But we learn why he’s so insistent with his paternalism: He came by it honestly. Eight years ago, Frenchie was the father figure of sorts to Cherie and Jay, his girlfriend and best buddy, though the three seem to have more fluid roles than that. They’re a makeshift family like The Golden Girls, as he notes in the opening flashback of the episode—women who “made their own family,” like Frenchie has done with his two life partners, in a very real way. And he is the self-appointed head, the brains behind their crimes that keeps the trio flush in cash and drugs. So when he’s busted by Mallory and given a simple choice—either go to work for her or Cherie and Jay will be locked up in a Supermax prison—it’s no choice at all. He sees everything he does as in the service of protecting his family.
Which is what makes his impossible choice all the more tragic. By abandoning his mission to go save Jay from a potentially fatal overdose, Frenchie isn’t there when Lamplighter goes to Mallory’s house and accidentally kills her grandkids while trying to take her out. Had he stayed on his post, he could have sounded the alarm that saved them, or possibly even stopped Lamplighter before he made the assassination attempt. But in choosing his family over the job, he failed to protect those kids, and shoulders the guilt of their deaths. (Ironically, Lamplighter also uses Frenchie’s actions to displace some of his own guilt at being the one who executed them: “Why didn’t you stop me?” he pitifully demands, as though Frenchie is the true culprit.) Worse still, his actions end up costing him that family: By returning to his mission, Cherie and Jay think he’s abandoning them. They leave, and Frenchie never sees Jay again—plus, his hard choice turns out to be for naught, as Jay dies of another overdose just a few months later.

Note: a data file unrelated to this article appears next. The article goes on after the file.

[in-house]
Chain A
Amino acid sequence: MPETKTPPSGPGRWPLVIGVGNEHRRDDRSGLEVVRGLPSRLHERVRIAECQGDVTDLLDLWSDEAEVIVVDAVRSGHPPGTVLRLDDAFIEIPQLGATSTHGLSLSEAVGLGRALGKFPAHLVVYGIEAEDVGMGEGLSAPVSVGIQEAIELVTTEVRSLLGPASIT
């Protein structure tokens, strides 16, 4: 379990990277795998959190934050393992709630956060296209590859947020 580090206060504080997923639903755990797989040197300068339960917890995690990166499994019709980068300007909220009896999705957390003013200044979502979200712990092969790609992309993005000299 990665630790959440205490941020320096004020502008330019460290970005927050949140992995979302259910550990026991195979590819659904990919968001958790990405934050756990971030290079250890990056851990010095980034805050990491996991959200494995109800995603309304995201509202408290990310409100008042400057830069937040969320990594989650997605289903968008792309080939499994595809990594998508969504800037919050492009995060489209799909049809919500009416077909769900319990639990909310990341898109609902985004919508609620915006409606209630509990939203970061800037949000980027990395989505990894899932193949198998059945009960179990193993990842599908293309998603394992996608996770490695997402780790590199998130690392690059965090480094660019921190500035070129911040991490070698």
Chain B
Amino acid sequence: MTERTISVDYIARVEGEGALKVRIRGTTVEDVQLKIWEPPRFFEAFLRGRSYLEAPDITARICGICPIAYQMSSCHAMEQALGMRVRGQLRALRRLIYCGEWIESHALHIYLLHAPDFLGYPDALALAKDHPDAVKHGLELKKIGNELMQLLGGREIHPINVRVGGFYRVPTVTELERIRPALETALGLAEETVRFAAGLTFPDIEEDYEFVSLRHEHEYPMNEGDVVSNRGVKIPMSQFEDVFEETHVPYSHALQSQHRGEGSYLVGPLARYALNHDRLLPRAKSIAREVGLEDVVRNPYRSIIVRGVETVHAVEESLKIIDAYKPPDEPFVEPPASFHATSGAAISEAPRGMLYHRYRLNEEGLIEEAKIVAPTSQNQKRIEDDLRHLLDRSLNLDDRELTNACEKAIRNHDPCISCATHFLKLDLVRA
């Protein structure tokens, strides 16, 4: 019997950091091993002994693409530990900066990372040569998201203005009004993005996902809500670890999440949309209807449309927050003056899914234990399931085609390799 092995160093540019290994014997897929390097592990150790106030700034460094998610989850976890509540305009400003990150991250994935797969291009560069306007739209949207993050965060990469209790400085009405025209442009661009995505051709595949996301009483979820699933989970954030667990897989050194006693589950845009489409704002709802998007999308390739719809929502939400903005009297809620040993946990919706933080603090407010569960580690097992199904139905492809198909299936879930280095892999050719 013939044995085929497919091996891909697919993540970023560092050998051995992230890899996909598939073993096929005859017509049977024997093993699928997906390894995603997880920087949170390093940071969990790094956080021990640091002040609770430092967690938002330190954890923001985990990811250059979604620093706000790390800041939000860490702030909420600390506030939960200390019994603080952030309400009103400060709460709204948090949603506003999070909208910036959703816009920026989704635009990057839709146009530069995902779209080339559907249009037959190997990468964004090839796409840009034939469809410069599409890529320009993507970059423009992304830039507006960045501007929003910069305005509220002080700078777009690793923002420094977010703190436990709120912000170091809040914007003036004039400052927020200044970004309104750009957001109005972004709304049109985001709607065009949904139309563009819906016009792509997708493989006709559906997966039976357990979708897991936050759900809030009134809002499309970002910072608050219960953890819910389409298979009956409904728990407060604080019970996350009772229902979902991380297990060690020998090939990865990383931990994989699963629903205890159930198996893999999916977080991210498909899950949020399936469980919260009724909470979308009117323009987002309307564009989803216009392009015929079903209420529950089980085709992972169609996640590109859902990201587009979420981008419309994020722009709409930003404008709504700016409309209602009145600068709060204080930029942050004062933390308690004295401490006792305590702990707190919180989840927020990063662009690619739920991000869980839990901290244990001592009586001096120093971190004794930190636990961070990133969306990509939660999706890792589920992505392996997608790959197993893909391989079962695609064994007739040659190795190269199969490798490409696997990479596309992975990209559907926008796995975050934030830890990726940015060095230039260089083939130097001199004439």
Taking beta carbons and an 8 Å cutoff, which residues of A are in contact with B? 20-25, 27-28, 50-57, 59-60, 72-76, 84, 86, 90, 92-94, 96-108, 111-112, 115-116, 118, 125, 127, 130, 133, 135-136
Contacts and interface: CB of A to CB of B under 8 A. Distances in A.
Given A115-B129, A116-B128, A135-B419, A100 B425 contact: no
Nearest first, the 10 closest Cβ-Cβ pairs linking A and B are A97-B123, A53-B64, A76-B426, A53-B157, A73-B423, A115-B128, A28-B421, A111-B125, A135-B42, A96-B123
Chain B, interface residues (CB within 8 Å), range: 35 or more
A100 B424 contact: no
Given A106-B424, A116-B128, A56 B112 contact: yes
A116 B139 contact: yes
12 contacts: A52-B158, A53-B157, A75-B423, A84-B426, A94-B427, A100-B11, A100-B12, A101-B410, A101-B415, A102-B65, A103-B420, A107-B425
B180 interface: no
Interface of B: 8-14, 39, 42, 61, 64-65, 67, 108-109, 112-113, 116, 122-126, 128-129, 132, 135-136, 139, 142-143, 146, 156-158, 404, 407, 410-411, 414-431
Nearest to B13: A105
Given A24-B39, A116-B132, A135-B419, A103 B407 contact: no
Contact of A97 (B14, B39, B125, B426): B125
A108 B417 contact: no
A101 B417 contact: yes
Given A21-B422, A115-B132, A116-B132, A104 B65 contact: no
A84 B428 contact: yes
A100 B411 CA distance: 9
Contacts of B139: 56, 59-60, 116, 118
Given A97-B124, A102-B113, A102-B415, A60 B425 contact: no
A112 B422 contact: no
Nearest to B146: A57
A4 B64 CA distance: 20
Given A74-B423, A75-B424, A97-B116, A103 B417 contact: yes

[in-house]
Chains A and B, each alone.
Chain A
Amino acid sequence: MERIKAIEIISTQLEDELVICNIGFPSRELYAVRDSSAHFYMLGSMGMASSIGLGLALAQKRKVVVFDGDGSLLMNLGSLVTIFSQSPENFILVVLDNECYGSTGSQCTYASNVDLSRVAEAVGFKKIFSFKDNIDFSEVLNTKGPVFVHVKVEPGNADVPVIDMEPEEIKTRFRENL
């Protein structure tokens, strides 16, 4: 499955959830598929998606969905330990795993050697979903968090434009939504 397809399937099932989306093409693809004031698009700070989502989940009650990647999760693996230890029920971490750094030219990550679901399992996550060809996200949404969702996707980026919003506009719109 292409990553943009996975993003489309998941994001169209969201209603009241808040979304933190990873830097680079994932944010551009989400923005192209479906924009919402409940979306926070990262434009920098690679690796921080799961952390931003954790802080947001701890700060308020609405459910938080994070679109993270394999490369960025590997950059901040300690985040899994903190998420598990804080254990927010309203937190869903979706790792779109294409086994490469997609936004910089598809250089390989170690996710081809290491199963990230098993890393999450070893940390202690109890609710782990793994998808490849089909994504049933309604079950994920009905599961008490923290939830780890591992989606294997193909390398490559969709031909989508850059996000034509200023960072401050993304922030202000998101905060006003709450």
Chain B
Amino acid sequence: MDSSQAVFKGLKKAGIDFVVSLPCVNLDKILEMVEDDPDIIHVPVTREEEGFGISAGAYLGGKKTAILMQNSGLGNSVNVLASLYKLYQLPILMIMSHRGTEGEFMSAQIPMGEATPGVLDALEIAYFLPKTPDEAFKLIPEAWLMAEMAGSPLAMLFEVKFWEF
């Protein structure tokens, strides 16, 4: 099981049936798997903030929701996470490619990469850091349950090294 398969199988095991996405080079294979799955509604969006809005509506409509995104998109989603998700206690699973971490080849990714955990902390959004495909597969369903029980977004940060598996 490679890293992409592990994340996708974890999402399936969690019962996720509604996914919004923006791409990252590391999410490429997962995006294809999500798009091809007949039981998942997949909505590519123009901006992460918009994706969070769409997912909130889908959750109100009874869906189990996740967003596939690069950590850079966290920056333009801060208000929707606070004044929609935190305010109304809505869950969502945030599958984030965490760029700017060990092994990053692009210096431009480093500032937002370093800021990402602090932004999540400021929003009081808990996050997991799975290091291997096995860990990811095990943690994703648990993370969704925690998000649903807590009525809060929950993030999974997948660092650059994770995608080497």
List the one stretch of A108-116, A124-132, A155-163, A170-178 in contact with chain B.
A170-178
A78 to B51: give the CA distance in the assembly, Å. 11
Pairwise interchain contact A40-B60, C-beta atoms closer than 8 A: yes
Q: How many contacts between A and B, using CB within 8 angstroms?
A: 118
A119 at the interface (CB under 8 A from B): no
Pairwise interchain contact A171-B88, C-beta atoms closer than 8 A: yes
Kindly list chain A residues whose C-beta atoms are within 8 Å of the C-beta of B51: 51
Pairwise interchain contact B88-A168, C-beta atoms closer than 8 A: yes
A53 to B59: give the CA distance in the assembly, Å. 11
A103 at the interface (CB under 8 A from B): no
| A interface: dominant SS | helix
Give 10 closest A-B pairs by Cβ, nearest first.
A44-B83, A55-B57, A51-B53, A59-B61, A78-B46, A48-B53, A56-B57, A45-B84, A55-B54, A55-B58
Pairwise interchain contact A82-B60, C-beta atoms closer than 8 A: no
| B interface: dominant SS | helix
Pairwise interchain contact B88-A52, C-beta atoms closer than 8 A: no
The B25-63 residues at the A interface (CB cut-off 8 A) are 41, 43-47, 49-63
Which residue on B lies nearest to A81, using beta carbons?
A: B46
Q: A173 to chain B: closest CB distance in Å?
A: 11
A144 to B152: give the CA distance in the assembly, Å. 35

That’s the key to understanding the pathos of the series’ pack of antiheroes. In trying to be loyal to both of his makeshift families, Jay/Cherie and the Boys, Frenchie lost both. Billy, MM, and Hughie all have crystal-clear and conscience-free personal reasons to be taking down supers. But Frenchie lost everything in trying to protect everyone, and now, he feels a permanent sense of ostracism even among his seeming friends. His motivation stems from a need to regain what he’s lost, not punish others for taking it from him—he wants a chosen family, and a life freed from the burden of guilt that has suffused it. But by chasing that same previous role of paternal caretaker, he’s obscuring his view of the new state of affairs, in which he’s just one of the damaged souls trying to make their own way in this group of revenge-seeking roughnecks. He can’t go back to the way things were, and he can’t ever regain what he lost, despite longing for it all these years. That’s a far more powerful and affecting well of pathos than the painful but culpability-free positions enjoyed by the others. Frenchie is a walking Greek tragedy.